wrought

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English[edit]

Etymology[edit]

The past participle of Middle English werken (to work), from Old English wyrcan (past tense worhte, past participle geworht), from Proto-Germanic *wurkijaną, from Proto-Indo-European *werǵ- (to work). Cognate with wright (as in wheelwright etc.), Dutch gewrocht, archaic past participle of werken (archaic past tense wrocht, archaic past part. gewrocht), Low German wracht, archaic past participle of warken (archaic past tense wrach, archaic past part. wracht).

Pronunciation[edit]

Adjective[edit]

wrought (comparative more wrought, superlative most wrought)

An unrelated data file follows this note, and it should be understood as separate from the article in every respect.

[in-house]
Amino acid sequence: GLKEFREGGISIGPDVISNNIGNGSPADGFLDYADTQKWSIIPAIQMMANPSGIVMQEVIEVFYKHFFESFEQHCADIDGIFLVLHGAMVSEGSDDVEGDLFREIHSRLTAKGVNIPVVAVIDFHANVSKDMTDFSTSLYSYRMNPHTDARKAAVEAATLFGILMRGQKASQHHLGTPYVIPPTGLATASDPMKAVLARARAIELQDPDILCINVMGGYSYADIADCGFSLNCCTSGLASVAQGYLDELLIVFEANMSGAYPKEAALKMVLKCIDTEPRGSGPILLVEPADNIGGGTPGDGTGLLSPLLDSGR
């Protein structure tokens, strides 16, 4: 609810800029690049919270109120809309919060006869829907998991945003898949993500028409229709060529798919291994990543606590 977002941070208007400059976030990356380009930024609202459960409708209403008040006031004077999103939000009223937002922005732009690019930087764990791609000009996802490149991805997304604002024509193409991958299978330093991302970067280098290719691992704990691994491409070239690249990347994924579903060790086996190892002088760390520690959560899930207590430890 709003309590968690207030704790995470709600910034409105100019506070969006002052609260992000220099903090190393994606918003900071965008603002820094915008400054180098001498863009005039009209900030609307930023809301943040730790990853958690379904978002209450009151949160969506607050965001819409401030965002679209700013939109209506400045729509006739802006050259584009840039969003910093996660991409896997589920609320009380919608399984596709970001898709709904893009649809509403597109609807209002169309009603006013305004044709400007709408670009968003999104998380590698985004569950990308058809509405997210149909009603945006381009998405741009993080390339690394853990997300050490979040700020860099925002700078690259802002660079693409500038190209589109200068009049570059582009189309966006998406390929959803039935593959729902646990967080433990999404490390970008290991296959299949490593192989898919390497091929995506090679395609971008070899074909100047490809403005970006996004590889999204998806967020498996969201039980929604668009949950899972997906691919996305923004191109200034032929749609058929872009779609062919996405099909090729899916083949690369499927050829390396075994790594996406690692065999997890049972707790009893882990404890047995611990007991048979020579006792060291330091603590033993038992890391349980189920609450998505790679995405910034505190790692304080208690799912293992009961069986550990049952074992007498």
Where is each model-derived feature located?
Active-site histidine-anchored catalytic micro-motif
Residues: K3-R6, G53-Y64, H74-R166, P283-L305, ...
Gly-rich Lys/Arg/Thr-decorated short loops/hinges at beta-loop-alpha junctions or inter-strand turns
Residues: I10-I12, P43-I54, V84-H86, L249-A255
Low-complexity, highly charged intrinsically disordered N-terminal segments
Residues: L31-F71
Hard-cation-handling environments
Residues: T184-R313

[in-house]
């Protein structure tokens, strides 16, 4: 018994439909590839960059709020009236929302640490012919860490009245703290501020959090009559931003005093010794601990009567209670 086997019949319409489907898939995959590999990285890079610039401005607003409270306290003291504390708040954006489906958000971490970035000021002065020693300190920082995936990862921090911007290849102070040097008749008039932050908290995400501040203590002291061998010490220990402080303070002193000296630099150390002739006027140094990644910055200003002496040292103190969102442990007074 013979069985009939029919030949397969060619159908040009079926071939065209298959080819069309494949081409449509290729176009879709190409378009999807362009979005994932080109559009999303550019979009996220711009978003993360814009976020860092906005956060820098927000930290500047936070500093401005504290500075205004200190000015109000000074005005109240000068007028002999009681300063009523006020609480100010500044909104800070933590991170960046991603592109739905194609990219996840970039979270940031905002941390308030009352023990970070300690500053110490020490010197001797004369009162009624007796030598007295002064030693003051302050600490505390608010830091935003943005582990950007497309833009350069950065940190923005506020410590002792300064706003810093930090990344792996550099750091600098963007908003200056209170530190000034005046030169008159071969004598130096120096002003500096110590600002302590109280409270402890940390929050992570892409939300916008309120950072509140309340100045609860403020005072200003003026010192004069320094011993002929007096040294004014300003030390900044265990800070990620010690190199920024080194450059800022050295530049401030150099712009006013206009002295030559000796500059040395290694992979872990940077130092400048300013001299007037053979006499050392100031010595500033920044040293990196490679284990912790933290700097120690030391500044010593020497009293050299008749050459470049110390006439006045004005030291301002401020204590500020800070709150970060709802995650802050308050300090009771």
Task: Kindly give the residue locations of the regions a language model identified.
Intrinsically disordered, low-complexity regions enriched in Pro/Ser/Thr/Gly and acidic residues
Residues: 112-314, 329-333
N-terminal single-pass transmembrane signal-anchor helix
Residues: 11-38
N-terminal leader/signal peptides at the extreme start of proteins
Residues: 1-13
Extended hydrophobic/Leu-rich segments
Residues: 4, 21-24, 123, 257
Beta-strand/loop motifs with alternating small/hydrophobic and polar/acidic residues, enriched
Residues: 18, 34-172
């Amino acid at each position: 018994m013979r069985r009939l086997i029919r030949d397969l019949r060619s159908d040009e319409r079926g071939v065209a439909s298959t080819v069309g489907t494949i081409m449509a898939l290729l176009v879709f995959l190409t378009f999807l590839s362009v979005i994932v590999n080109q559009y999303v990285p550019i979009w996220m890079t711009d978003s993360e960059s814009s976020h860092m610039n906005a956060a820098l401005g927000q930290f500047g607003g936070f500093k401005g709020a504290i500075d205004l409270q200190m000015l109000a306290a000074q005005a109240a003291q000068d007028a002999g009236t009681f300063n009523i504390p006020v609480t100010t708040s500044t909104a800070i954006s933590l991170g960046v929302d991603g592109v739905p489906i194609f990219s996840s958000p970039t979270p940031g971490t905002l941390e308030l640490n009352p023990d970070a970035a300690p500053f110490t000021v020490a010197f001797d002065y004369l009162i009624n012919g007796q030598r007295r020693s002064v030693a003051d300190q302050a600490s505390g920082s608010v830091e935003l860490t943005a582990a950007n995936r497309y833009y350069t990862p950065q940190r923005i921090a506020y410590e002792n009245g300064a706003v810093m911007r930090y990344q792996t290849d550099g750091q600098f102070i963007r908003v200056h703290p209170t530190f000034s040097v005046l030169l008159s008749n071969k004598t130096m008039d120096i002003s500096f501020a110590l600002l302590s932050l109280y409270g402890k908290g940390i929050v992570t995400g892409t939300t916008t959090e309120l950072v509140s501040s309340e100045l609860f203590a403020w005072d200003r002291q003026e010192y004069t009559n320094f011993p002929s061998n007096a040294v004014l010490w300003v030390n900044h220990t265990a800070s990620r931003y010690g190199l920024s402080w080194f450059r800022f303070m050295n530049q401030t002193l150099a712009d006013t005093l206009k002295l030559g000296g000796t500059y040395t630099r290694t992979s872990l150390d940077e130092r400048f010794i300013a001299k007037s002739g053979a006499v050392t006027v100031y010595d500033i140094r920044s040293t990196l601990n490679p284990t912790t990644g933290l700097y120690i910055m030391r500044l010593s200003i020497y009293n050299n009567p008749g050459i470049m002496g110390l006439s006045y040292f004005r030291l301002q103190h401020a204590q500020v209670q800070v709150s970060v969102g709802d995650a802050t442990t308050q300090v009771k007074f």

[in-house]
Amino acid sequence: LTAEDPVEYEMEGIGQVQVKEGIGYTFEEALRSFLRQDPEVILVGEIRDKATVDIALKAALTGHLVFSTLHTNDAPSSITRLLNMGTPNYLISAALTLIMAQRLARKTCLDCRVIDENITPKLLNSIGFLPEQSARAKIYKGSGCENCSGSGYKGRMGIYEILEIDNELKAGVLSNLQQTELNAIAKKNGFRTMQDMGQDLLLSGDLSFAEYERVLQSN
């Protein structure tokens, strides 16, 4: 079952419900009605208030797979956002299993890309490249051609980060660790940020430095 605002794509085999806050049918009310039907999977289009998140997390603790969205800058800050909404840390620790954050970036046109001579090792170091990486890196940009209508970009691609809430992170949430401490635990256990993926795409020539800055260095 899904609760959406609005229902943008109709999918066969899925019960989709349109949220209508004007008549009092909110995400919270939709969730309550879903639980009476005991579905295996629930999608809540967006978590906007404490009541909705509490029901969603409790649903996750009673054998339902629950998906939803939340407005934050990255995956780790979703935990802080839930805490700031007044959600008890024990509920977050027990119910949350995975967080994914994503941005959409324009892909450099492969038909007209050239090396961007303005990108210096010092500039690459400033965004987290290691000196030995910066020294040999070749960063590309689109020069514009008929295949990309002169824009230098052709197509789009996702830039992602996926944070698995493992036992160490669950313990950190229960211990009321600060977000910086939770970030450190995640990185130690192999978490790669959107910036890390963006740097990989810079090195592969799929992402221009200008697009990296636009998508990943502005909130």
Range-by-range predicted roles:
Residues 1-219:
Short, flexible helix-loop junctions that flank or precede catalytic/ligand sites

1. Having been worked or prepared somehow.
    Is that fence made out of wrought iron?

Antonyms[edit]

Derived terms[edit]

Translations[edit]

Verb[edit]

wrought

  1. simple past tense and past participle of work
    • 2013 June 29, “High and wet”, The Economist, volume 407, number 8842, page 28: 
      Floods in northern India, mostly in the small state of Uttarakhand, have wrought disaster on an enormous scale. The early, intense onset of the monsoon on June 14th swelled rivers, washing away roads, bridges, hotels and even whole villages. Rock-filled torrents smashed vehicles and homes, burying victims under rubble and sludge.

Usage notes[edit]

  • In modern English, wrought is usually not interchangeable with worked, the more common contemporary past and past participle of work.
  • Wrought often lends a more archaic flavor. It is rarely used with intransitive senses of work.
  • Because the phrase "work havoc" has become uncommon in modern English, its past tense "wrought havoc" is sometimes misinterpreted as being a past tense of "wreak havoc".

Derived terms[edit]